Food service managers are responsible for the daily operation of restaurants or other establishments that prepare and serve food and beverages.
What they do
Food service managers direct staff to ensure that customers are satisfied with their dining experience, and they manage the business to ensure that it is profitable.
They typically do the following:
- Hire, train, oversee, and sometimes fire employees
- Order food and beverages, equipment, and supplies
- Oversee food preparation, portion sizes, and the overall presentation of food
- Inspect supplies, equipment, and work areas
- Ensure that employees comply with health and food safety standards
- Address complaints regarding food quality or service
- Schedule staff hours and assign duties
- Manage budgets and payroll records
- Establish standards for personnel performance and customer service
Managers coordinate activities of the kitchen and dining room staff to ensure that customers are served properly and in a timely manner. They oversee orders in the kitchen, and, if needed, they work with the chef to remedy any delays in service.
Food service managers are responsible for all functions of the business related to employees. For example, most managers interview, hire, train, oversee, appraise, discipline, and sometimes fire employees. Managers also schedule work hours, making sure that enough workers are present to cover each shift. During busy periods, they may expedite service by helping to serve customers, processing payments, or cleaning tables.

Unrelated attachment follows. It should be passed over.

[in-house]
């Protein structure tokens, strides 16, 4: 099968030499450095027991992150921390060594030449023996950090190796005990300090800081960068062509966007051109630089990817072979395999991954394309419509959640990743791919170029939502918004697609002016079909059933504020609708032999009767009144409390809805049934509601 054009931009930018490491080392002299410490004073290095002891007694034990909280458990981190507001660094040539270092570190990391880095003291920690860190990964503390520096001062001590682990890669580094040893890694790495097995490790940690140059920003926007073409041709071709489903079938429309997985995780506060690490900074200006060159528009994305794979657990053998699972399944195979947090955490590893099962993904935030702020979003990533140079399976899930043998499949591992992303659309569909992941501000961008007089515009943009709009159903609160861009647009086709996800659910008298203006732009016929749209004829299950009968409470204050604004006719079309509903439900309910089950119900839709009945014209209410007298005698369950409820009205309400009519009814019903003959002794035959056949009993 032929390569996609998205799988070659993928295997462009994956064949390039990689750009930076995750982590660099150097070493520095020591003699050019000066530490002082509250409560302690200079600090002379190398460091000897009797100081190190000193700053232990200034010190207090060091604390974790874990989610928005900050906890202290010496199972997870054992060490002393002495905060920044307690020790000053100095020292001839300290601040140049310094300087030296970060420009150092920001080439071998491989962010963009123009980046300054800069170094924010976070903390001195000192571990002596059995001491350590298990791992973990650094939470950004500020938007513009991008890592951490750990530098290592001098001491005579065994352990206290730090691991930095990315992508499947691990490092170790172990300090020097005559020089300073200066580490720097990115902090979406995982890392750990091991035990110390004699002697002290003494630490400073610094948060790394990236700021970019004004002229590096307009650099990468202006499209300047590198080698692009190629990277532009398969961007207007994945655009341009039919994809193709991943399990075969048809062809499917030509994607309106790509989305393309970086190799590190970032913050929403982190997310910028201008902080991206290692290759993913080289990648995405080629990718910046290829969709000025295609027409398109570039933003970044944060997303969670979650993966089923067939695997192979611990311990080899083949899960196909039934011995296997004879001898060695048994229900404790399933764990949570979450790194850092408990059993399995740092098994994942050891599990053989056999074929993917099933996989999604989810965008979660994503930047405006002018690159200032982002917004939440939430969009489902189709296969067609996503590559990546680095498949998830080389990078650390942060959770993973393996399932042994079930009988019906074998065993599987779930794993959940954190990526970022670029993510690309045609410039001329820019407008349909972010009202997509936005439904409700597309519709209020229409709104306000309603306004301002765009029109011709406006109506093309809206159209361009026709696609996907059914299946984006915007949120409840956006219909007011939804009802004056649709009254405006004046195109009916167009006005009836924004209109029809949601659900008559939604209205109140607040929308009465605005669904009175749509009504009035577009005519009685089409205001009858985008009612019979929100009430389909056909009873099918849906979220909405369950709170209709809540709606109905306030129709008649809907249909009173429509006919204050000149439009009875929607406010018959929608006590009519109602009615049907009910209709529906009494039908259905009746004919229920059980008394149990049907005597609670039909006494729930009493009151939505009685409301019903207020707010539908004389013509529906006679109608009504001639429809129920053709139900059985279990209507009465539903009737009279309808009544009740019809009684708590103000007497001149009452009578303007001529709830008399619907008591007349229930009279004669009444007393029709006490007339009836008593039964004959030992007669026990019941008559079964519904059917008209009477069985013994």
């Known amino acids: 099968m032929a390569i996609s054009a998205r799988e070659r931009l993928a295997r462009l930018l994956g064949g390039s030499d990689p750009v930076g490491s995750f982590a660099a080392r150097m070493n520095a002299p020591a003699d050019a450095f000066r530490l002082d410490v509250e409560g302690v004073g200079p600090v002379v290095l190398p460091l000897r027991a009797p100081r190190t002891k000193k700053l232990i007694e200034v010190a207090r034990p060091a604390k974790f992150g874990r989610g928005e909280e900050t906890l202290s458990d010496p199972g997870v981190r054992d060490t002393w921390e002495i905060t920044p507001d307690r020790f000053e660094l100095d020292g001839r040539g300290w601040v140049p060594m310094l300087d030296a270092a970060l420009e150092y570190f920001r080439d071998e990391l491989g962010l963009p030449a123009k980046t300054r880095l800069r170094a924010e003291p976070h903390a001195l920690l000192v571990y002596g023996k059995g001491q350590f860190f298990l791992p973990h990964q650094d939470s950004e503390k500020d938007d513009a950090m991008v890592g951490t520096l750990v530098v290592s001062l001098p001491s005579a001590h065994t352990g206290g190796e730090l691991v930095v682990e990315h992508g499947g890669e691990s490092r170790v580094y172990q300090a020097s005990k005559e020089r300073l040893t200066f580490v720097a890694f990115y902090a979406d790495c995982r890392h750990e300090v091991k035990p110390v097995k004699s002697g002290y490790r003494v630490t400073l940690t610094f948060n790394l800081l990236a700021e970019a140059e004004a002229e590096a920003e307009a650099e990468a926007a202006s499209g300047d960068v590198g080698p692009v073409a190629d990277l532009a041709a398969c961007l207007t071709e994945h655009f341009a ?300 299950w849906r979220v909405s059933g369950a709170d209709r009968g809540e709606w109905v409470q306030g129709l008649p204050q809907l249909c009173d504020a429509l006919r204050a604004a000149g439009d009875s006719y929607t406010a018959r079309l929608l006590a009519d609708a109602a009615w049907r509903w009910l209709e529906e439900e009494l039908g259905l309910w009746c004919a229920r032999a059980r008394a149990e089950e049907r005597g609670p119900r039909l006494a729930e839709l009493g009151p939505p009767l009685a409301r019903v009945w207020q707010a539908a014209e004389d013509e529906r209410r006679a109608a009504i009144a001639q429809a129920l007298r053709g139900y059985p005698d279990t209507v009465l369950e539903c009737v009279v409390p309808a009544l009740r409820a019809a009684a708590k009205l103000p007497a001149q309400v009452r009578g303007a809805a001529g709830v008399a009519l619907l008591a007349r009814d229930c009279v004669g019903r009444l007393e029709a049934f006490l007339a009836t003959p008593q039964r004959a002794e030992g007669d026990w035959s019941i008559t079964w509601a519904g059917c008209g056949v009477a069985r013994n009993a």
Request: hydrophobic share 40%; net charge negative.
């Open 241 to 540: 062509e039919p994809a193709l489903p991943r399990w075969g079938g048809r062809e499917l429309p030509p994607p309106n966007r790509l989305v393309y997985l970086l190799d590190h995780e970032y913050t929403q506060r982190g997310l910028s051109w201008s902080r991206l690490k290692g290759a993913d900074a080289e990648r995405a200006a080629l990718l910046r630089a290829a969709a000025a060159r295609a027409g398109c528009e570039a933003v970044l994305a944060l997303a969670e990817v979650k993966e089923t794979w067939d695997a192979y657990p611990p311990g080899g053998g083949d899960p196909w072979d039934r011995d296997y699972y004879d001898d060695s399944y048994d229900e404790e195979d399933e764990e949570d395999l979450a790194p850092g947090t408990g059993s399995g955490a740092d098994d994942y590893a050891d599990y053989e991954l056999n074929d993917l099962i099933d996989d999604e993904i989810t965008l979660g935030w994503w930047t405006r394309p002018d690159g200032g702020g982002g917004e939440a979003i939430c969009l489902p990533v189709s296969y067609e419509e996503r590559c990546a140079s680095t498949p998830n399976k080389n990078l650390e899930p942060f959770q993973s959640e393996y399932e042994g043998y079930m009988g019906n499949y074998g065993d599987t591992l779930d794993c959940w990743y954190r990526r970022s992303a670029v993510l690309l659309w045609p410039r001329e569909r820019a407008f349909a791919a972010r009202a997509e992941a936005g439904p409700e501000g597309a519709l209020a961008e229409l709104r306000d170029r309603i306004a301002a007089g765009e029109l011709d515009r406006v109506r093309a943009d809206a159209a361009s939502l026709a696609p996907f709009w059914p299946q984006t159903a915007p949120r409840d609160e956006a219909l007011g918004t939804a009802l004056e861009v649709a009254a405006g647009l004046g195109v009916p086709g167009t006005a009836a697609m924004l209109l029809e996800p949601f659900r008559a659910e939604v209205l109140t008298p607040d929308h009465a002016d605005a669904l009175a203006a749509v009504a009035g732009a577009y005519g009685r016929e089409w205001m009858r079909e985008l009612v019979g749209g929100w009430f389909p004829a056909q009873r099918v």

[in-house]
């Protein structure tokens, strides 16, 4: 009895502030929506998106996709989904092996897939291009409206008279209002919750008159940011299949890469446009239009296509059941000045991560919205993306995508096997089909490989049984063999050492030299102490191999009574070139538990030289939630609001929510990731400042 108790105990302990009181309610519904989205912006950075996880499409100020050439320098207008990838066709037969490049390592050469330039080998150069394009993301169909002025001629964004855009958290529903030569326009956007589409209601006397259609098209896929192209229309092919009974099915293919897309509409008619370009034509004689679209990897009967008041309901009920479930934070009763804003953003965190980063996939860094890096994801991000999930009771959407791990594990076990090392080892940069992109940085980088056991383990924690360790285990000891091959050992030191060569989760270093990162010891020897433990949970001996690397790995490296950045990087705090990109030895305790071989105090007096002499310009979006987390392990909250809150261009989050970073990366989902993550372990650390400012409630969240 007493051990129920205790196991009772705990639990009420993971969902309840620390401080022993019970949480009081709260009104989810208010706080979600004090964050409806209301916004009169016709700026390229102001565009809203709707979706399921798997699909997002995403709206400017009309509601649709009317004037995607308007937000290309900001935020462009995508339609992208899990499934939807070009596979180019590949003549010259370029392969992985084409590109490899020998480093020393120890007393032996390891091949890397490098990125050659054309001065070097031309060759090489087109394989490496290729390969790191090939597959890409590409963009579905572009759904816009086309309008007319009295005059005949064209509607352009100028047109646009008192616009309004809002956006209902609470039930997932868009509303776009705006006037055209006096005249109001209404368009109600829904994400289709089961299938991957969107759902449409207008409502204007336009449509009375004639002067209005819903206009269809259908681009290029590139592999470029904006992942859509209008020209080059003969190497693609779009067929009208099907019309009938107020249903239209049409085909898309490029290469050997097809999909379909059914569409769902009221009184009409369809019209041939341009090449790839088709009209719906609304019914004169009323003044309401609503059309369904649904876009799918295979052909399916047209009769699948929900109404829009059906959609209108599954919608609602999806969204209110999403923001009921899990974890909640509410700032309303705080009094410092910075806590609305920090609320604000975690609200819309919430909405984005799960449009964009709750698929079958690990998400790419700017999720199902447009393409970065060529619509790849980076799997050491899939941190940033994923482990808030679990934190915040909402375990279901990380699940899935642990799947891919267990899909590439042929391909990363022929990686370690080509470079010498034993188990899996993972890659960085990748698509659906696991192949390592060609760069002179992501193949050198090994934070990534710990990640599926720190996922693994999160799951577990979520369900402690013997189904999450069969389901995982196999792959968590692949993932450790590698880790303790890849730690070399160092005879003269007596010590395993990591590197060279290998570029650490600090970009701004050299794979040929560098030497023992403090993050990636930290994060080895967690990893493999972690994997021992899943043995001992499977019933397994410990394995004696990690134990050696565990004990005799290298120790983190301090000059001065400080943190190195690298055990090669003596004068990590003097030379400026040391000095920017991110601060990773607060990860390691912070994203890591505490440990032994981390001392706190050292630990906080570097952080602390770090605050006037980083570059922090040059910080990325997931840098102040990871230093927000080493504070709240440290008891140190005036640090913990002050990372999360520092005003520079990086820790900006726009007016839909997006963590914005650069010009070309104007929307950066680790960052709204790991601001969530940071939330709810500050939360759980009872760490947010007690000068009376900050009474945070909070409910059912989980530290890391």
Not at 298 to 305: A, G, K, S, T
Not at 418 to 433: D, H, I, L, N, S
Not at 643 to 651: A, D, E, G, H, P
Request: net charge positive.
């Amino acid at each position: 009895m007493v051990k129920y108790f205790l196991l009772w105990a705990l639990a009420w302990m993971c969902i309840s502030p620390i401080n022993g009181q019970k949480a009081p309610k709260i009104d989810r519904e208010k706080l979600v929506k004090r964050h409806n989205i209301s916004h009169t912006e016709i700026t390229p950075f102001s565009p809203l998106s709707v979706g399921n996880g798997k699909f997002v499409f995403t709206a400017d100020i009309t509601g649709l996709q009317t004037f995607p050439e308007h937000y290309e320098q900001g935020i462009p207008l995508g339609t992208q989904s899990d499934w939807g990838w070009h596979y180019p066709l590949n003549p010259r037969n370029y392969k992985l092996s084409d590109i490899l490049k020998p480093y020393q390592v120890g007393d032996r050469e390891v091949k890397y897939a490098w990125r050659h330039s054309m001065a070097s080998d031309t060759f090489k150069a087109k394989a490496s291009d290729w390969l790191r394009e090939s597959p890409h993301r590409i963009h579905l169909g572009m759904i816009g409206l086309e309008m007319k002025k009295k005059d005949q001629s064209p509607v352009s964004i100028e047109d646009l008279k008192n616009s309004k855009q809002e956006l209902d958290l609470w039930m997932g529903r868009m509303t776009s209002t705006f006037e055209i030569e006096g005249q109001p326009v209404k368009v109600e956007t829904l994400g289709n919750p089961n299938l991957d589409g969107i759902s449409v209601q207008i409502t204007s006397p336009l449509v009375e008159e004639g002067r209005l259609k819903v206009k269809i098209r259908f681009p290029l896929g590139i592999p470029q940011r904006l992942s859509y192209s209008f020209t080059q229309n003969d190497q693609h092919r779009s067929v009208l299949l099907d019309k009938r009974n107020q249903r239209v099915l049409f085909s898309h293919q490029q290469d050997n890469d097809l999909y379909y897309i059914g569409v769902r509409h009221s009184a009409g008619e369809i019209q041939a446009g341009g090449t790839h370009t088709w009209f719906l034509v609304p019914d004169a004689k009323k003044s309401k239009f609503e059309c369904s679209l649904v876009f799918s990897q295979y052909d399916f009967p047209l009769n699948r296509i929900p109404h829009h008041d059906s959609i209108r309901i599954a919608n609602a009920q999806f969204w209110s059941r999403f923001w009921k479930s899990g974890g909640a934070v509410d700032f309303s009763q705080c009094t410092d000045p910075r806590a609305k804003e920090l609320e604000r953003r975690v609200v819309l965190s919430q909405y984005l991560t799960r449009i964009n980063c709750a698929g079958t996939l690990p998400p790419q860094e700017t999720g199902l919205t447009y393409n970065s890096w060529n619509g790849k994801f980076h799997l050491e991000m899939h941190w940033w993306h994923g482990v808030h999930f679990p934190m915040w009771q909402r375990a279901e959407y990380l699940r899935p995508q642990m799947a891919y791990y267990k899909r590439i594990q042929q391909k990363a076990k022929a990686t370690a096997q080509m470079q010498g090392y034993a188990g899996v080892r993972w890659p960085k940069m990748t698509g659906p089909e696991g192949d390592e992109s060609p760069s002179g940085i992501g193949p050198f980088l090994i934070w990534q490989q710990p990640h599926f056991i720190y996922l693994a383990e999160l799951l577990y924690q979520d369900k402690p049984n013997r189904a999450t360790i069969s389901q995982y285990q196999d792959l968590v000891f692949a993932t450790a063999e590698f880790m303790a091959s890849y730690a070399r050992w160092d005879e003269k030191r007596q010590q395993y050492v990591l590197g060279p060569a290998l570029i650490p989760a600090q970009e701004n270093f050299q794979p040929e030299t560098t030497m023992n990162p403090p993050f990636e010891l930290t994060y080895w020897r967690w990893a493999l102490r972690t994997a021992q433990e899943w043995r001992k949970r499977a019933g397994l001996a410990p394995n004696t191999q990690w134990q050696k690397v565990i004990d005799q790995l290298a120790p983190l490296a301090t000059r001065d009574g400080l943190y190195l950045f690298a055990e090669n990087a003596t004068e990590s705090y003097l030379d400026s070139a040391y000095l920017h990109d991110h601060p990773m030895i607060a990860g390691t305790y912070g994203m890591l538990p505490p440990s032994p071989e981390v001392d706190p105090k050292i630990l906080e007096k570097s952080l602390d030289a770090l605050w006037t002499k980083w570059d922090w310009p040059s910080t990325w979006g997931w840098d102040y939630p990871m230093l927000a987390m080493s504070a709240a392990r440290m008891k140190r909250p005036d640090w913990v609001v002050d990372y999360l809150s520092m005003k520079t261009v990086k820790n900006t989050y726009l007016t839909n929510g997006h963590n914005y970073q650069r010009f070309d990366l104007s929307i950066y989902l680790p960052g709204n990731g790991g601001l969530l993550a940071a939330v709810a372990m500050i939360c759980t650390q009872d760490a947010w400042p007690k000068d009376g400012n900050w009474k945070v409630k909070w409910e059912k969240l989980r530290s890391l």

Managers also arrange for cleaning and maintenance services for the equipment and facility in order to comply with health and sanitary regulations. For example, they may arrange for trash removal, pest control, and heavy cleaning when the dining room and kitchen are not in use.
Most managers prepare the payroll and manage employee records. They also may review or complete paperwork related to licensing, taxes and wages, and unemployment compensation. Although they sometimes assign these tasks to an assistant manager or a bookkeeper, most managers are responsible for the accuracy of business records.
Some managers add up the cash and charge slips and secure them in a safe place. They also may check that ovens, grills, and other equipment are properly cleaned and secured, and that the establishment is locked at the close of business.
Full-service restaurants (those with table service) may have a management team that includes a general manager, one or more assistant managers, and an executive chef.
Many food service managers work long shifts, and the job is often hectic. Dealing with dissatisfied customers can sometimes be stressful.
How to become a Food Service Manager
Most applicants qualify with a high school diploma and several years of work experience in the food service industry as a cook, waiter or waitress, or counter attendant. Some applicants have received additional training at a community college, technical or vocational school, culinary school, or 4-year college.
Although a bachelor’s degree is not required, some postsecondary education is increasingly preferred for many manager positions, especially at upscale restaurants and hotels. Some food service companies, hotels, and restaurant chains recruit management trainees from college hospitality or food service management programs. These programs may require the participants to work in internships and to have food-industry–related experiences in order to graduate.
Many colleges and universities offer bachelor’s degree programs in restaurant and hospitality management or institutional food service management. In addition, numerous community colleges, technical institutes, and other institutions offer associate degree programs in the field. Some culinary schools offer programs in restaurant management with courses designed for those who want to start and run their own restaurant.